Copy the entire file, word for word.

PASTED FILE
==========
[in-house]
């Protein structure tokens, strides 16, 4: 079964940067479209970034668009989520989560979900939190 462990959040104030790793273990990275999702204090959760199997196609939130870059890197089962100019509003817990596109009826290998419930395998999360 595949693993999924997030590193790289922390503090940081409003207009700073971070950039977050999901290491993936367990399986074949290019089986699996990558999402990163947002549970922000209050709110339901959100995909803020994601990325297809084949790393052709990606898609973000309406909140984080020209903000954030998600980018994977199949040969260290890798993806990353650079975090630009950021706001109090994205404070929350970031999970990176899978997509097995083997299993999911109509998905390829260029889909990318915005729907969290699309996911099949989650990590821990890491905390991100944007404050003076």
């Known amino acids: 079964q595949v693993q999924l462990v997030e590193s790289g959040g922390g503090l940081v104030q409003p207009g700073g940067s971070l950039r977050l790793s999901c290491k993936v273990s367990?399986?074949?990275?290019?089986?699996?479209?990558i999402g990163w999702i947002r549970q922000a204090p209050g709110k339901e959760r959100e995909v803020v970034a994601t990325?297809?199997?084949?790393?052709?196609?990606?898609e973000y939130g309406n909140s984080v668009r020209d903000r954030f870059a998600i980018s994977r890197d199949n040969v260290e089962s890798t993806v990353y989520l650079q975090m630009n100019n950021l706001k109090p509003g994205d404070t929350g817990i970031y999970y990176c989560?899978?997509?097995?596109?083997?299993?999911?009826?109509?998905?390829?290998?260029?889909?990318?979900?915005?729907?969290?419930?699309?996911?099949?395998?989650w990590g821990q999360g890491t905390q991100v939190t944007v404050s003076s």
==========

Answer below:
[in-house]
């Protein structure tokens, strides 16, 4: 079964940067479209970034668009989520989560979900939190 462990959040104030790793273990990275999702204090959760199997196609939130870059890197089962100019509003817990596109009826290998419930395998999360 595949693993999924997030590193790289922390503090940081409003207009700073971070950039977050999901290491993936367990399986074949290019089986699996990558999402990163947002549970922000209050709110339901959100995909803020994601990325297809084949790393052709990606898609973000309406909140984080020209903000954030998600980018994977199949040969260290890798993806990353650079975090630009950021706001109090994205404070929350970031999970990176899978997509097995083997299993999911109509998905390829260029889909990318915005729907969290699309996911099949989650990590821990890491905390991100944007404050003076």
């Known amino acids: 079964q595949v693993q999924l462990v997030e590193s790289g959040g922390g503090l940081v104030q409003p207009g700073g940067s971070l950039r977050l790793s999901c290491k993936v273990s367990?399986?074949?990275?290019?089986?699996?479209?990558i999402g990163w999702i947002r549970q922000a204090p209050g709110k339901e959760r959100e995909v803020v970034a994601t990325?297809?199997?084949?790393?052709?196609?990606?898609e973000y939130g309406n909140s984080v668009r020209d903000r954030f870059a998600i980018s994977r890197d199949n040969v260290e089962s890798t993806v990353y989520l650079q975090m630009n100019n950021l706001k109090p509003g994205d404070t929350g817990i970031y999970y990176c989560?899978?997509?097995?596109?083997?299993?999911?009826?109509?998905?390829?290998?260029?889909?990318?979900?915005?729907?969290?419930?699309?996911?099949?395998?989650w990590g821990q999360g890491t905390q991100v939190t944007v404050s003076s």